Deep fissures appear at the top over Israel’s settlement policy

By Anshel Pfeffer, January 3, 2013
Construction in the settlement of Har Homa, part of the territory captured by Israel during the 1967 war (Photo: AP)

Construction in the settlement of Har Homa, part of the territory captured by Israel during the 1967 war (Photo: AP)

Ron Prosor, Israel’s Ambassador to the UN, provoked fury at a gathering of the country’s envoys on Monday when he questioned the timing of the government’s announcement last month that it would push for construction to begin in the controversial E1 corridor east of Jerusalem.

Mr Prosor’s query, which was applauded by many of those present, prompted National Security Adviser Yaakov Amidror to chastise the gathering. Mr Amidror reminded the ambassadors that they were “representatives of the government”, and said: “If that doesn’t fit you, you can go to politics or resign”.

Ambassadors at the event explained that they were not driven by a political agenda, but were only asking the government “to provide some guidance before issuing such controversial policy statements that we have to defend abroad”, as one of them said.

The altercation came after a day after an address from President Shimon Peres in which he reiterated his belief that Palestinian President Mahmoud Abbas “is a man we can reach an agreement with”. He also repeated his steadfast support for a two-state solution. The president’s words were roundly criticised by a Likud spokesman who said that it was “regretful that the president chooses to express a personal political view that is disconnected from the Israeli public’s view”.

While the president of Israel is not supposed to intervene in politics and Mr Amidror was simply reflecting the Prime Minister’s Office’s frustration at what it sees as a lack of loyalty by diplomats, Likud ministers in recent days have been emphasising an increasingly hardline political message.

Against a two-state solution: Gideon Saar (Photo: Flash 90)

Against a two-state solution: Gideon Saar (Photo: Flash 90)

In June 2009, Mr Netanyahu gave a landmark speech at Bar-Ilan University in which he accepted the foundation of a Palestinian state. While he has not backtracked from the two-state solution, Mr Netanyahu has rarely mentioned that policy in recent months and it is unclear whether it will be part of the still-unpublished Likud elections manifesto.

In an interview last week, Education Minister Gideon Saar, who came first in the Likud primaries in November, said that the two-state solution was not part of Likud’s platform and that “there is no place for setting up a [Palestinian] state so they can carry on their conflict with us from improved positions”. Mr Saar also said this week in response to British Foreign Office Minister Alistair Burt’s criticisms of the decision to give full university status to the academic institution in Ariel, which lies beyond the Green Line: “Our connection to Ariel is at least as strong as the UK’s connection to the Falkland Islands.”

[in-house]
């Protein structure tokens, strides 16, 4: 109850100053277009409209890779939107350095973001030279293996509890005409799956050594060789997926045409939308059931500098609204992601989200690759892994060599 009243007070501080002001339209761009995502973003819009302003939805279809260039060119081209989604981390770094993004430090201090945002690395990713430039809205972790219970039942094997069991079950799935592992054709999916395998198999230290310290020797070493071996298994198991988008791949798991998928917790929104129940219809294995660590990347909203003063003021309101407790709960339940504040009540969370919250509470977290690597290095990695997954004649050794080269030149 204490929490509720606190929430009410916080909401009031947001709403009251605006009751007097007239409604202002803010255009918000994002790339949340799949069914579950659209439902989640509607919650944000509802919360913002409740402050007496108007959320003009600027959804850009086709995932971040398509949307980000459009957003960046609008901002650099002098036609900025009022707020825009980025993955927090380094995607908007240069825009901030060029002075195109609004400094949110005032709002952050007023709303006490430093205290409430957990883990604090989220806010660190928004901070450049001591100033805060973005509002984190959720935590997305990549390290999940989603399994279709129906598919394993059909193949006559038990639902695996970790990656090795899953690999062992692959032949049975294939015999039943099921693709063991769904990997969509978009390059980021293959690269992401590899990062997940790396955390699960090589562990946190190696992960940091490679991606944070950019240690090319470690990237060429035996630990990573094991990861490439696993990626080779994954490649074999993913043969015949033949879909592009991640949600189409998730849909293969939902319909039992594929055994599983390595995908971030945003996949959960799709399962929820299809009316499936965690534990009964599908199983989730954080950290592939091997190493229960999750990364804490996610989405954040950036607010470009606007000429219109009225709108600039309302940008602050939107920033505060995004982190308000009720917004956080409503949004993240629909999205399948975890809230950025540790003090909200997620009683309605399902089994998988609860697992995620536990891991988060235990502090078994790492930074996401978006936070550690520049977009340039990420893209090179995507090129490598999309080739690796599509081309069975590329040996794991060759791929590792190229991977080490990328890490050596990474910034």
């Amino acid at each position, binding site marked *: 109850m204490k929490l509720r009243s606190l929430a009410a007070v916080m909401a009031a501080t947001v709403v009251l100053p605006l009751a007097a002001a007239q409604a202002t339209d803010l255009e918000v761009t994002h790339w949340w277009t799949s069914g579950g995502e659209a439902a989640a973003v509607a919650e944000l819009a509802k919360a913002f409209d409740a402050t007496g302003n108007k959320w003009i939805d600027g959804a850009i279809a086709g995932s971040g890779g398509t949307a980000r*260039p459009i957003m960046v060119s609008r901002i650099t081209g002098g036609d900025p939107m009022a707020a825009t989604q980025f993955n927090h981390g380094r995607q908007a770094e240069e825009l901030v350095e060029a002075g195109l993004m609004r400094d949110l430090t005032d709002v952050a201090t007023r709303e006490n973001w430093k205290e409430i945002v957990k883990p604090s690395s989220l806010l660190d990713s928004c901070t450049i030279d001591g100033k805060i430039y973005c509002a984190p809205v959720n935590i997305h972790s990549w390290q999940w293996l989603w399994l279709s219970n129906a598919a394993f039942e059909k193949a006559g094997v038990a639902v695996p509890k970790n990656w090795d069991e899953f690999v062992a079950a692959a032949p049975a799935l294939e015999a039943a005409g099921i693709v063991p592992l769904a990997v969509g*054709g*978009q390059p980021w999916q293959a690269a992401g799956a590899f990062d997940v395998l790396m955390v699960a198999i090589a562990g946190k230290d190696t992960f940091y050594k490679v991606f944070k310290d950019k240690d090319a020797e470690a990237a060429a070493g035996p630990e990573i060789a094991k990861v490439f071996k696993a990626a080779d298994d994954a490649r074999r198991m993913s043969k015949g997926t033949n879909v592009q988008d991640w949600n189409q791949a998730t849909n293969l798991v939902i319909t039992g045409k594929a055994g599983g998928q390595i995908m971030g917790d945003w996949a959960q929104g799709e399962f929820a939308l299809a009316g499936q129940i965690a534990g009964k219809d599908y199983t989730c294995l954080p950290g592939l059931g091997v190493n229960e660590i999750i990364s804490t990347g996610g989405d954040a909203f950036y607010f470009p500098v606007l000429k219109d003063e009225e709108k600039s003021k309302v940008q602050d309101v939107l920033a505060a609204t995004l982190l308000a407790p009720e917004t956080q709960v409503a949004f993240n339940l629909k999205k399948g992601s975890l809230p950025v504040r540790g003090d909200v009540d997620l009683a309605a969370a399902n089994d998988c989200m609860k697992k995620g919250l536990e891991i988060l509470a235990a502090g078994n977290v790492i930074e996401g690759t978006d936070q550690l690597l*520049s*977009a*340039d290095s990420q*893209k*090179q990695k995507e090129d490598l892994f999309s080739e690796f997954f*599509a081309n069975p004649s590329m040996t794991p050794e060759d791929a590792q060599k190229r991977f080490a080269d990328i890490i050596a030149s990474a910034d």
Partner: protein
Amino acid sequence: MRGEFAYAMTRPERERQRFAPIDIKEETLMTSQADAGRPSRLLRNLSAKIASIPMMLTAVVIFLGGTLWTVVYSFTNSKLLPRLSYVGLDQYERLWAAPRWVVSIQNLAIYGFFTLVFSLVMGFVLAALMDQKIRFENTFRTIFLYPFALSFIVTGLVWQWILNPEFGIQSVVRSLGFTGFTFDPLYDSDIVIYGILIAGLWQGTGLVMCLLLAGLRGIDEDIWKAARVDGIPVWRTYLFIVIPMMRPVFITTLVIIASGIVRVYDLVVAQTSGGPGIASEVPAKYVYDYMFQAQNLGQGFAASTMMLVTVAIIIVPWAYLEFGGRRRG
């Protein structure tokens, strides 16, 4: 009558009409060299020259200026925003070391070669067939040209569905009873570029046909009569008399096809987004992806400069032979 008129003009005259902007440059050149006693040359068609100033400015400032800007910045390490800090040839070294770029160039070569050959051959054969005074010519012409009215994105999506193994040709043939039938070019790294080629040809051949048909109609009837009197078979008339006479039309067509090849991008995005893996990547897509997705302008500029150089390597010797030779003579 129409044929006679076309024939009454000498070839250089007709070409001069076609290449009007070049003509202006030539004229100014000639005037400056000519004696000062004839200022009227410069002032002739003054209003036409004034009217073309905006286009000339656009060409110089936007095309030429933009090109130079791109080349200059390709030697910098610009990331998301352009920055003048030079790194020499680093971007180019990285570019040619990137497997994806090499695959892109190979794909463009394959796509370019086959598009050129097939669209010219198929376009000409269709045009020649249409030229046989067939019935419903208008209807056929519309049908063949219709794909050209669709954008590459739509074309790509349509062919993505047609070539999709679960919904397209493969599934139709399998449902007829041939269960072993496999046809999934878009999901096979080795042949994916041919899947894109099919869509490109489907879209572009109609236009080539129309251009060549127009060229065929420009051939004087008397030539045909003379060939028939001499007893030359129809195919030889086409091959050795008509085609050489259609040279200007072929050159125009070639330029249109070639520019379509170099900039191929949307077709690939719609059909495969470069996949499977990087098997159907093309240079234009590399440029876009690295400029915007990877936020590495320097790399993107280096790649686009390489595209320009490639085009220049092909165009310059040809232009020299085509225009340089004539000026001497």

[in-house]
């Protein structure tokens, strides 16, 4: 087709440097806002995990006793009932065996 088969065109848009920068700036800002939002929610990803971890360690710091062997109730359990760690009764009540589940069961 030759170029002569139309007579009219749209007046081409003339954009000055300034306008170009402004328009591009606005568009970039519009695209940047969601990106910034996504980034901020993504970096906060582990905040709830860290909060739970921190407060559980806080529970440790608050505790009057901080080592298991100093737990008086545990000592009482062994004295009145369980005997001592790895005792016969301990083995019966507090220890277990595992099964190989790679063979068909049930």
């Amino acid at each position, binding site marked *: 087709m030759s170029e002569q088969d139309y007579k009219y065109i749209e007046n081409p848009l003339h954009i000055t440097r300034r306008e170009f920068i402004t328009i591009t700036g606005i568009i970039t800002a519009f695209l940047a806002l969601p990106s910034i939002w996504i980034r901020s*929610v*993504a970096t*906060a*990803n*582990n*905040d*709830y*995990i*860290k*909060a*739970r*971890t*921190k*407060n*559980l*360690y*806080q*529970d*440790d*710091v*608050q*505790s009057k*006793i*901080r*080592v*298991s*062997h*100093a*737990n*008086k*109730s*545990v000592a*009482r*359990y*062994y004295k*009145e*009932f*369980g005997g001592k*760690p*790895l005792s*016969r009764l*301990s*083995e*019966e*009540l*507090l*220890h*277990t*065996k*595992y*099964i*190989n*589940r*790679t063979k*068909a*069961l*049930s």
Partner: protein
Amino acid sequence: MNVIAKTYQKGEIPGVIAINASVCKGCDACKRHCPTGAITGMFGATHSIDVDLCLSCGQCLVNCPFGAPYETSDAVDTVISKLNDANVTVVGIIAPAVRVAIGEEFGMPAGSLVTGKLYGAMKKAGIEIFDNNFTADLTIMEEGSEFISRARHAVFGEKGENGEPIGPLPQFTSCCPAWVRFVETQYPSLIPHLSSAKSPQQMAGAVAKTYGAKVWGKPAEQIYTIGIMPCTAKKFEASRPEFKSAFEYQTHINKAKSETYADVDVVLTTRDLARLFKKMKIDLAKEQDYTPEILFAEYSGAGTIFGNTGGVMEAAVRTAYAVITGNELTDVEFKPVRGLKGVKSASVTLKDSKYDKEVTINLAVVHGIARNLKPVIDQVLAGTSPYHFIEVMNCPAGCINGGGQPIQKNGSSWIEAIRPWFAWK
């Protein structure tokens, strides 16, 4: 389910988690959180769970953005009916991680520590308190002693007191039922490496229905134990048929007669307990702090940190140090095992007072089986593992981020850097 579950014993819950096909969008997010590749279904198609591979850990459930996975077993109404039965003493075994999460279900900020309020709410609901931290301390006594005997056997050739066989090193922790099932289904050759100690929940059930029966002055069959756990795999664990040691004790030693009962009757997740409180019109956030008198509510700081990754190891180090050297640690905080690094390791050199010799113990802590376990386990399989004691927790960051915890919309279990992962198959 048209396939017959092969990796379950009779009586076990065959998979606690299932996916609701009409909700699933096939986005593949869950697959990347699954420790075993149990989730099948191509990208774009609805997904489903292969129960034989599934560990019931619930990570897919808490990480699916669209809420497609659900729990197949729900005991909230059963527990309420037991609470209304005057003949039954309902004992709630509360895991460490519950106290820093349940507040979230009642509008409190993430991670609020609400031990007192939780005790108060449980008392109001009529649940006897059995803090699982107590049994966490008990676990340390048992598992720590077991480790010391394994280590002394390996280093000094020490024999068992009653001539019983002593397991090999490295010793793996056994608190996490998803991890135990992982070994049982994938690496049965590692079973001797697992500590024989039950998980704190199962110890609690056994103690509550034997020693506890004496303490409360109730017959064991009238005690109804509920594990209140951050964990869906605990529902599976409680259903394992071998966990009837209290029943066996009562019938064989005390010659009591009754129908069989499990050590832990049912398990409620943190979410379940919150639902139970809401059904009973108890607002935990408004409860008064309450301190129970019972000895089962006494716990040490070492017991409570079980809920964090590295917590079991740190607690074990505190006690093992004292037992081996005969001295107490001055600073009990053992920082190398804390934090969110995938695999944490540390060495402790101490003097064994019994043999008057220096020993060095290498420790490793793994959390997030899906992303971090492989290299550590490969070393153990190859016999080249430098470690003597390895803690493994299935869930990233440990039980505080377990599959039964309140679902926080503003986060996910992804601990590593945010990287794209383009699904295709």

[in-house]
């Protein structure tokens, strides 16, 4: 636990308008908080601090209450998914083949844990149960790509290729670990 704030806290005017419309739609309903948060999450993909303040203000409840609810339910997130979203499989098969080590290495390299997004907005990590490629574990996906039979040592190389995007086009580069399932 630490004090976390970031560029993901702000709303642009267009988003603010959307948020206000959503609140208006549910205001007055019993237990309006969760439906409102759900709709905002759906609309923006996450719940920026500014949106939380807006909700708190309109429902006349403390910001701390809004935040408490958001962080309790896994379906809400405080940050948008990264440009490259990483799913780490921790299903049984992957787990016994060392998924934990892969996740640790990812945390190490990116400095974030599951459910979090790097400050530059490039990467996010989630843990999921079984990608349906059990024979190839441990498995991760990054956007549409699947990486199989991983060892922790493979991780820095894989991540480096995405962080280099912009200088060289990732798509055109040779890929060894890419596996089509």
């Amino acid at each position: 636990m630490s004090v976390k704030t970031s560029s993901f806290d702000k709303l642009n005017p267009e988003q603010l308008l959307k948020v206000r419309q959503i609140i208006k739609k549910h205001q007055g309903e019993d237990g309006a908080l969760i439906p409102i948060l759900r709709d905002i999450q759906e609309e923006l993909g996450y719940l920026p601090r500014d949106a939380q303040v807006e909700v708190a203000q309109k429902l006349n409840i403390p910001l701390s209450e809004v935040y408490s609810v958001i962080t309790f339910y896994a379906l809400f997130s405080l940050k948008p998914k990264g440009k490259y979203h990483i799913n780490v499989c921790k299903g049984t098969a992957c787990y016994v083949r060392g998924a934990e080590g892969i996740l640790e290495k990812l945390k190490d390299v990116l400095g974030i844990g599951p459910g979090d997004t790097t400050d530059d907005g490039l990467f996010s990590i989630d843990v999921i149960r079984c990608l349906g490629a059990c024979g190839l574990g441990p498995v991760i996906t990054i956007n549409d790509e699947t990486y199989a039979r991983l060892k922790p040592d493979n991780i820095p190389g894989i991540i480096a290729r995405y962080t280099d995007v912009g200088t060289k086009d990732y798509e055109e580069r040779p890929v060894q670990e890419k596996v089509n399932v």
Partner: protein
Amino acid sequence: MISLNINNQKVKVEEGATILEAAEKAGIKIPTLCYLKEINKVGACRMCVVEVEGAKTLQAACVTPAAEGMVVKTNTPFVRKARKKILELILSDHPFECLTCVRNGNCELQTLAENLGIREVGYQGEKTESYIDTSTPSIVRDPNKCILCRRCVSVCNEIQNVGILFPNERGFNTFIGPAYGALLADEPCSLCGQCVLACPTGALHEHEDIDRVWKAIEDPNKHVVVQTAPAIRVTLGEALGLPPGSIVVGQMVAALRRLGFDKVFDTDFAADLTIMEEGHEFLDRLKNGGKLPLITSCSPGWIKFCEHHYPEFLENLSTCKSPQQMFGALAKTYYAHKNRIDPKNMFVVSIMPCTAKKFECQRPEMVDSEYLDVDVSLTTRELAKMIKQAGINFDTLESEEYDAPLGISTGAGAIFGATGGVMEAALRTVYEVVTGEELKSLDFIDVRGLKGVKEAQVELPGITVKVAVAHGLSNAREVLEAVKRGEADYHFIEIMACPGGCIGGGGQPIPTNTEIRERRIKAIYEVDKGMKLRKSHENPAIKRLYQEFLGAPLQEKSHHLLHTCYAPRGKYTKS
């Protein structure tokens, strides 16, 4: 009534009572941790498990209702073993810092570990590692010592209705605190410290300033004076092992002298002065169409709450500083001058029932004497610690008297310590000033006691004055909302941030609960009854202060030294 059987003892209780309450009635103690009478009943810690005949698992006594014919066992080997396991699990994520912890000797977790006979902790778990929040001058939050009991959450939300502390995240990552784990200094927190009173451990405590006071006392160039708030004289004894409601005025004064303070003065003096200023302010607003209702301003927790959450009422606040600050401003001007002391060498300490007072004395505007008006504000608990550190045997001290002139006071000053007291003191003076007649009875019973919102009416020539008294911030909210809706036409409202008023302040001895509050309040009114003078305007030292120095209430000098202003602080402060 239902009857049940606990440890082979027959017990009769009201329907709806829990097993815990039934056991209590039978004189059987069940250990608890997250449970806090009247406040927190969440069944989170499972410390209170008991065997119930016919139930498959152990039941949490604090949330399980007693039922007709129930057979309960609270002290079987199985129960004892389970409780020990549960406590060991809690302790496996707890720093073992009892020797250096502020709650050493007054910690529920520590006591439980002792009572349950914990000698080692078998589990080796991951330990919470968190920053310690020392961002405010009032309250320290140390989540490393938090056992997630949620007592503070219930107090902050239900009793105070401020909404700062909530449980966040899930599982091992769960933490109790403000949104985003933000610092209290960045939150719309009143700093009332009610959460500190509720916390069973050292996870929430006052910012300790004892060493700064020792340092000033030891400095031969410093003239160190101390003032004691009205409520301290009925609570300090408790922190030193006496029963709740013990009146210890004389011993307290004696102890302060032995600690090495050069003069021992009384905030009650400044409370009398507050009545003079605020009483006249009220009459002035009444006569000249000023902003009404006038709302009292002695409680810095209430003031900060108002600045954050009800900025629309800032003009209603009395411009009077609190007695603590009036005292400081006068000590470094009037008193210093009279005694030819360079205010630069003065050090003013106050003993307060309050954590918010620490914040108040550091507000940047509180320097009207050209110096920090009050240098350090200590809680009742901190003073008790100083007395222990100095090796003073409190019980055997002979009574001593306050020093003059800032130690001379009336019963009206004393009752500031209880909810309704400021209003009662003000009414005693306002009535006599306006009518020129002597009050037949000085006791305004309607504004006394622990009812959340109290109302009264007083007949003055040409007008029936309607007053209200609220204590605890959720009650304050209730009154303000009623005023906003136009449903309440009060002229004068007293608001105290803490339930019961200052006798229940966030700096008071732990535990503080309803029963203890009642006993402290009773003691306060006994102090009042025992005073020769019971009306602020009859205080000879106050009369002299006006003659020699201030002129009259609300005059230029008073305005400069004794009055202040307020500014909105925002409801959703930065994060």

On Tuesday, at a conference in Jerusalem promoting the extension of Israeli sovereignty to the West Bank, Public Affairs and Diaspora Minister Yuli Edelstein said: “There is a status quo of acceptance of Palestinian violence and the increasing international pressure [on Israel] for a retreat to the 1967 lines. This can only be stopped by sovereignty.”

Meanwhile, one of the larger potential partners in the next coalition is also pushing for a version of a one-state solution. Naftali Bennett, leader of Habayit Hayehudi — “Jewish Home” — recently published his plan for Israel’s future borders. It includes the annexation of around 60 per cent of the West Bank, where all the Jewish settlements are situated. Mr Bennett claims that less than 50,000 Palestinians live in these areas and that they would all be given full Israeli citizenship. The Palestinians living in the remaining 40 per cent of the territory would be allowed limited self-rule and roads would be built between the Palestinian enclaves to enable them to move freely within their territory.

Whether it is due to these policies or the fact that many right-wing voters are not attracted to the joint Likud-Yisrael Beiteinu list, Habayit Hayehudi under Mr Bennett is proving very popular with voters, at least according to the polls. A Haaretz mid-week poll had the party on 14 seats in the next Knesset while a Maariv survey last weekend gave them 15.

Most polling so far indicates that while the right-wing-religious bloc has so far barely lost any voters to the centre-left, Likud-Yisrael Beiteinu’s cache of Knesset seats is continuously being whittled away by Habayit Hayehudi, hence the increasingly hardline rhetoric from Likud spokespeople.

But recent surveys put a question mark on the polling consensus. Two surveys carried out in December by two veteran Israeli polling companies indicate that a large majority of Israelis, over two-thirds, support a two-state solution on the basis of the 1967 borders and dividing Jerusalem. These surveys seem to fly in the face of the election poll result.

Last updated: 3:45pm, January 3 2013